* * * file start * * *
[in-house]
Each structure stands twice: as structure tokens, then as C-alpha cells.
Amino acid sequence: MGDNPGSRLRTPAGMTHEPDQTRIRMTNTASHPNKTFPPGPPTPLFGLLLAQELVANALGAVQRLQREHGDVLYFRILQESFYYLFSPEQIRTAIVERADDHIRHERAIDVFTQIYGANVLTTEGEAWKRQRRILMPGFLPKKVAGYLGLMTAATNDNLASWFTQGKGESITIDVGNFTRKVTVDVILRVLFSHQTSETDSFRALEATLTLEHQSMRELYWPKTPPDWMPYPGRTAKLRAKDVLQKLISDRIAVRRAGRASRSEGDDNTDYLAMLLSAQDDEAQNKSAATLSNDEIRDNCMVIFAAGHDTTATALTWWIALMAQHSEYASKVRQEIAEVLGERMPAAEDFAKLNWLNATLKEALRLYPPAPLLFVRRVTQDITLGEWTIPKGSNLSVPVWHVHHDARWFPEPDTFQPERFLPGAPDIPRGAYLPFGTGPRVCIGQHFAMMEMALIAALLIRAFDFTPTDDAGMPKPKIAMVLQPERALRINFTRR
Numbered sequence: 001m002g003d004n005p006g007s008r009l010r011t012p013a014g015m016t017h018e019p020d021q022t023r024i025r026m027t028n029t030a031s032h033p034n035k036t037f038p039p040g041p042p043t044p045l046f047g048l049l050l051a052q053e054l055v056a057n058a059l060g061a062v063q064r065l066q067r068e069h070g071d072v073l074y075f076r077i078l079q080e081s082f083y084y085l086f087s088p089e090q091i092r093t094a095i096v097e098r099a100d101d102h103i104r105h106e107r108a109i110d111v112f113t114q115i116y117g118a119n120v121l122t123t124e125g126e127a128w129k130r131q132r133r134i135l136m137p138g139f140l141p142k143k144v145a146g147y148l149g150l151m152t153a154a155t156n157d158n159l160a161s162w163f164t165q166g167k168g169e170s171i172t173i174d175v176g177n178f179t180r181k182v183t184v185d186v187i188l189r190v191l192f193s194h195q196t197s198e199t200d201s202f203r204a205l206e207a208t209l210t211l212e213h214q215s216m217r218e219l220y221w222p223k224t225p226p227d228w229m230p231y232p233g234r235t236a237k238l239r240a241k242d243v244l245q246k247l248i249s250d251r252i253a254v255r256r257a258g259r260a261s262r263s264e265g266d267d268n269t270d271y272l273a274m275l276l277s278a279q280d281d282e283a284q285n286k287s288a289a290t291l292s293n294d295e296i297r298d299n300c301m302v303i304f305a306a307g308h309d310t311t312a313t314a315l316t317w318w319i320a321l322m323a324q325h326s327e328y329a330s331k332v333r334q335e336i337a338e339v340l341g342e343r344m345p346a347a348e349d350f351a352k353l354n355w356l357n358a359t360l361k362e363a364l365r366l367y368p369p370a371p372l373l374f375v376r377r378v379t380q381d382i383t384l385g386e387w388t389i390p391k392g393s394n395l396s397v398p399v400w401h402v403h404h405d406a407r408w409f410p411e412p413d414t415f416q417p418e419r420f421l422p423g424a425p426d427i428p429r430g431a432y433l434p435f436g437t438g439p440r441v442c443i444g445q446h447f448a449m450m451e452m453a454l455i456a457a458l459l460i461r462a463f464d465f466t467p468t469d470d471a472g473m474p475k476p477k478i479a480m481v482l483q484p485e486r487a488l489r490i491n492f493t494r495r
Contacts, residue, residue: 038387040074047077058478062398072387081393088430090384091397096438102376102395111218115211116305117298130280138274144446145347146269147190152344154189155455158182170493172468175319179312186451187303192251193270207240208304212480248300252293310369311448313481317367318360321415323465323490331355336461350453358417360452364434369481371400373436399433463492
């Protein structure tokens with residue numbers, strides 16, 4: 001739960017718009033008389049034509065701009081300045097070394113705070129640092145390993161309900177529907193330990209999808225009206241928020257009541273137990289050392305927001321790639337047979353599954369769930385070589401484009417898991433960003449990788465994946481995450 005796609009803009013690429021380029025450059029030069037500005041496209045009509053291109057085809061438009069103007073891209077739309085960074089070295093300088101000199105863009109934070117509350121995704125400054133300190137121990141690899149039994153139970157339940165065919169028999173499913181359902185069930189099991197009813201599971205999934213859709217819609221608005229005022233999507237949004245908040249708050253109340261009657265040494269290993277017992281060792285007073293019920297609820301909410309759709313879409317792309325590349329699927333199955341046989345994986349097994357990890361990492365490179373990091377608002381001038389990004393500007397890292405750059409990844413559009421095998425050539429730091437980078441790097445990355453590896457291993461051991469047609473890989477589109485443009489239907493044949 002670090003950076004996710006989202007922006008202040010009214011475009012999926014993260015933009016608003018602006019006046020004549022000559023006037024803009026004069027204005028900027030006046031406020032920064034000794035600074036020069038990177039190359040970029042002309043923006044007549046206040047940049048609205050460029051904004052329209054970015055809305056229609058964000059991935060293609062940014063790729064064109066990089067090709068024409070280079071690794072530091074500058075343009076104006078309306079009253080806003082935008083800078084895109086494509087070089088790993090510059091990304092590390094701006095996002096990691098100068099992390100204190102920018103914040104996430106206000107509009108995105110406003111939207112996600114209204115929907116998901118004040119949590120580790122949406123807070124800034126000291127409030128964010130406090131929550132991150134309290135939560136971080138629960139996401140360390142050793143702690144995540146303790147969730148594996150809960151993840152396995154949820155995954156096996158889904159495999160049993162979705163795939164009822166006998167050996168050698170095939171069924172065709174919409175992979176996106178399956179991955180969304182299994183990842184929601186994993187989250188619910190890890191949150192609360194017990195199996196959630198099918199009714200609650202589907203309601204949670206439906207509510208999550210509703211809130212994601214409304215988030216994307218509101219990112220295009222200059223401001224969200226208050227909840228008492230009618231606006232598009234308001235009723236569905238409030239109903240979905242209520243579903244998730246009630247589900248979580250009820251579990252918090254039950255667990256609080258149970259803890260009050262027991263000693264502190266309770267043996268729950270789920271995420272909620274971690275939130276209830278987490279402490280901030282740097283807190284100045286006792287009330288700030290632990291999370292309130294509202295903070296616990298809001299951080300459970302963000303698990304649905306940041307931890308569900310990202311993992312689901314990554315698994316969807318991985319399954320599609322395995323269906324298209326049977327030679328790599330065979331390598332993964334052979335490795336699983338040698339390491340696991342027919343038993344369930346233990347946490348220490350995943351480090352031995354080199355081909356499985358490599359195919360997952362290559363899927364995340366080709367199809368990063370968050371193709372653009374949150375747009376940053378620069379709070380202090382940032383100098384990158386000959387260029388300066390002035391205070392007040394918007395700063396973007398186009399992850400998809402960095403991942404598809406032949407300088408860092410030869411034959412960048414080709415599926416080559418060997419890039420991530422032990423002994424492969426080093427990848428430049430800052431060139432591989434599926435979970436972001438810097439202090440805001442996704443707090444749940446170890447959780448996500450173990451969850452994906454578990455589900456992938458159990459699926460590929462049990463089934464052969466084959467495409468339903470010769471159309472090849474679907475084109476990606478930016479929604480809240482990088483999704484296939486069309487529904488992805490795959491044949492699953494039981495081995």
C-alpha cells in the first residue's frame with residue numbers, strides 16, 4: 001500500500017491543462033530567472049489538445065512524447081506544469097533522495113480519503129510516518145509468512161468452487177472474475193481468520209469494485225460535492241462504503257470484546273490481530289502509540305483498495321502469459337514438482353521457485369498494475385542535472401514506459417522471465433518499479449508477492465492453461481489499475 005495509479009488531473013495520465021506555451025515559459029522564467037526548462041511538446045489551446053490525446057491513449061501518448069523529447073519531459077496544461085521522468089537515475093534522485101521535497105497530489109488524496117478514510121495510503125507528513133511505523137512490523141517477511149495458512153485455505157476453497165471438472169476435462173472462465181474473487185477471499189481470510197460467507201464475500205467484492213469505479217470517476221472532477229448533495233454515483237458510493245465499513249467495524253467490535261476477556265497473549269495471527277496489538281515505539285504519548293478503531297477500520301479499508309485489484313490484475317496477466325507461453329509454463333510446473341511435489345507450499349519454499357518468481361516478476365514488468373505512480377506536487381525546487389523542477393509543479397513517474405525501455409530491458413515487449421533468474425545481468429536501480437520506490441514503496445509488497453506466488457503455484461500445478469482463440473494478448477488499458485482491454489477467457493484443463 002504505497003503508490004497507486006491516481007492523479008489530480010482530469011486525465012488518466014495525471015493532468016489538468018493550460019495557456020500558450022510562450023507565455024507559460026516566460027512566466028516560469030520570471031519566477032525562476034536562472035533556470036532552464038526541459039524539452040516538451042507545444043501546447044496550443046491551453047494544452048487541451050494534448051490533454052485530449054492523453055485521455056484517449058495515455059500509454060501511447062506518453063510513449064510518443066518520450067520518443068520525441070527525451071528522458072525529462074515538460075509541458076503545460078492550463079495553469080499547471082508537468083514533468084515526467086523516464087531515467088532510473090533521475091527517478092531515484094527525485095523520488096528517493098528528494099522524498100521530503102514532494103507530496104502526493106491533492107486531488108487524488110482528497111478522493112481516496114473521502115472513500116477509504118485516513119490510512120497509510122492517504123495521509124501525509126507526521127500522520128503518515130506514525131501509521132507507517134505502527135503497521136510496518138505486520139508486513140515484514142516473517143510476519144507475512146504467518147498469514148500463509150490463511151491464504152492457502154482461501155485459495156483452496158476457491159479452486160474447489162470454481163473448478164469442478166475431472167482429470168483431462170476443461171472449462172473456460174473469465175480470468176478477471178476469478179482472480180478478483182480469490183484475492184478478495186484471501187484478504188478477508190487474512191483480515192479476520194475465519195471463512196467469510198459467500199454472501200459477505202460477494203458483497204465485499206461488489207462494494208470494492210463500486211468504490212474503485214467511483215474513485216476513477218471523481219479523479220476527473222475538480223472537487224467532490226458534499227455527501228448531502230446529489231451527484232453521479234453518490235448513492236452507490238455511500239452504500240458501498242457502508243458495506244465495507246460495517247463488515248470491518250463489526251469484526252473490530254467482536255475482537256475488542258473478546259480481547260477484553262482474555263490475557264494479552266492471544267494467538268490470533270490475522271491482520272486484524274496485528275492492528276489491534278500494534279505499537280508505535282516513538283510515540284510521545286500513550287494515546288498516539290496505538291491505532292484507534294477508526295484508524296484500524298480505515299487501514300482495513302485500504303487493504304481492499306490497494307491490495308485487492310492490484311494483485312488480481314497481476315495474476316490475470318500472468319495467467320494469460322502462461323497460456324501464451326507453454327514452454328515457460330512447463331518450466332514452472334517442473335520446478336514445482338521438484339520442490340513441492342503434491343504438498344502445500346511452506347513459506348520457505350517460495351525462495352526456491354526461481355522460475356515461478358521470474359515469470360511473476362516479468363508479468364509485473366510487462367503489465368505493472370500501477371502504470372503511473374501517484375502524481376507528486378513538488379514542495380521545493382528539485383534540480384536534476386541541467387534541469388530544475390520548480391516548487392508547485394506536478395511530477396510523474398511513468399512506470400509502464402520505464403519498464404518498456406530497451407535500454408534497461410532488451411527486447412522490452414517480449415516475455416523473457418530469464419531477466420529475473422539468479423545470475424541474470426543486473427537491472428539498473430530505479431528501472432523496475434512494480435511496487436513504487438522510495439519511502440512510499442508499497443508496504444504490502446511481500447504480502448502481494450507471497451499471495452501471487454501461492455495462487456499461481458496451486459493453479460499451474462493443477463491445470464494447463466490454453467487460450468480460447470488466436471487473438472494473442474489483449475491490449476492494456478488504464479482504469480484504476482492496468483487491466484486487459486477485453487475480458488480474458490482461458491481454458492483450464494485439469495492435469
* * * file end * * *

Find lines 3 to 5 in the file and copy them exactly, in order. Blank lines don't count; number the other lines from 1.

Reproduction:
Amino acid sequence: MGDNPGSRLRTPAGMTHEPDQTRIRMTNTASHPNKTFPPGPPTPLFGLLLAQELVANALGAVQRLQREHGDVLYFRILQESFYYLFSPEQIRTAIVERADDHIRHERAIDVFTQIYGANVLTTEGEAWKRQRRILMPGFLPKKVAGYLGLMTAATNDNLASWFTQGKGESITIDVGNFTRKVTVDVILRVLFSHQTSETDSFRALEATLTLEHQSMRELYWPKTPPDWMPYPGRTAKLRAKDVLQKLISDRIAVRRAGRASRSEGDDNTDYLAMLLSAQDDEAQNKSAATLSNDEIRDNCMVIFAAGHDTTATALTWWIALMAQHSEYASKVRQEIAEVLGERMPAAEDFAKLNWLNATLKEALRLYPPAPLLFVRRVTQDITLGEWTIPKGSNLSVPVWHVHHDARWFPEPDTFQPERFLPGAPDIPRGAYLPFGTGPRVCIGQHFAMMEMALIAALLIRAFDFTPTDDAGMPKPKIAMVLQPERALRINFTRR
Numbered sequence: 001m002g003d004n005p006g007s008r009l010r011t012p013a014g015m016t017h018e019p020d021q022t023r024i025r026m027t028n029t030a031s032h033p034n035k036t037f038p039p040g041p042p043t044p045l046f047g048l049l050l051a052q053e054l055v056a057n058a059l060g061a062v063q064r065l066q067r068e069h070g071d072v073l074y075f076r077i078l079q080e081s082f083y084y085l086f087s088p089e090q091i092r093t094a095i096v097e098r099a100d101d102h103i104r105h106e107r108a109i110d111v112f113t114q115i116y117g118a119n120v121l122t123t124e125g126e127a128w129k130r131q132r133r134i135l136m137p138g139f140l141p142k143k144v145a146g147y148l149g150l151m152t153a154a155t156n157d158n159l160a161s162w163f164t165q166g167k168g169e170s171i172t173i174d175v176g177n178f179t180r181k182v183t184v185d186v187i188l189r190v191l192f193s194h195q196t197s198e199t200d201s202f203r204a205l206e207a208t209l210t211l212e213h214q215s216m217r218e219l220y221w222p223k224t225p226p227d228w229m230p231y232p233g234r235t236a237k238l239r240a241k242d243v244l245q246k247l248i249s250d251r252i253a254v255r256r257a258g259r260a261s262r263s264e265g266d267d268n269t270d271y272l273a274m275l276l277s278a279q280d281d282e283a284q285n286k287s288a289a290t291l292s293n294d295e296i297r298d299n300c301m302v303i304f305a306a307g308h309d310t311t312a313t314a315l316t317w318w319i320a321l322m323a324q325h326s327e328y329a330s331k332v333r334q335e336i337a338e339v340l341g342e343r344m345p346a347a348e349d350f351a352k353l354n355w356l357n358a359t360l361k362e363a364l365r366l367y368p369p370a371p372l373l374f375v376r377r378v379t380q381d382i383t384l385g386e387w388t389i390p391k392g393s394n395l396s397v398p399v400w401h402v403h404h405d406a407r408w409f410p411e412p413d414t415f416q417p418e419r420f421l422p423g424a425p426d427i428p429r430g431a432y433l434p435f436g437t438g439p440r441v442c443i444g445q446h447f448a449m450m451e452m453a454l455i456a457a458l459l460i461r462a463f464d465f466t467p468t469d470d471a472g473m474p475k476p477k478i479a480m481v482l483q484p485e486r487a488l489r490i491n492f493t494r495r
Contacts, residue, residue: 038387040074047077058478062398072387081393088430090384091397096438102376102395111218115211116305117298130280138274144446145347146269147190152344154189155455158182170493172468175319179312186451187303192251193270207240208304212480248300252293310369311448313481317367318360321415323465323490331355336461350453358417360452364434369481371400373436399433463492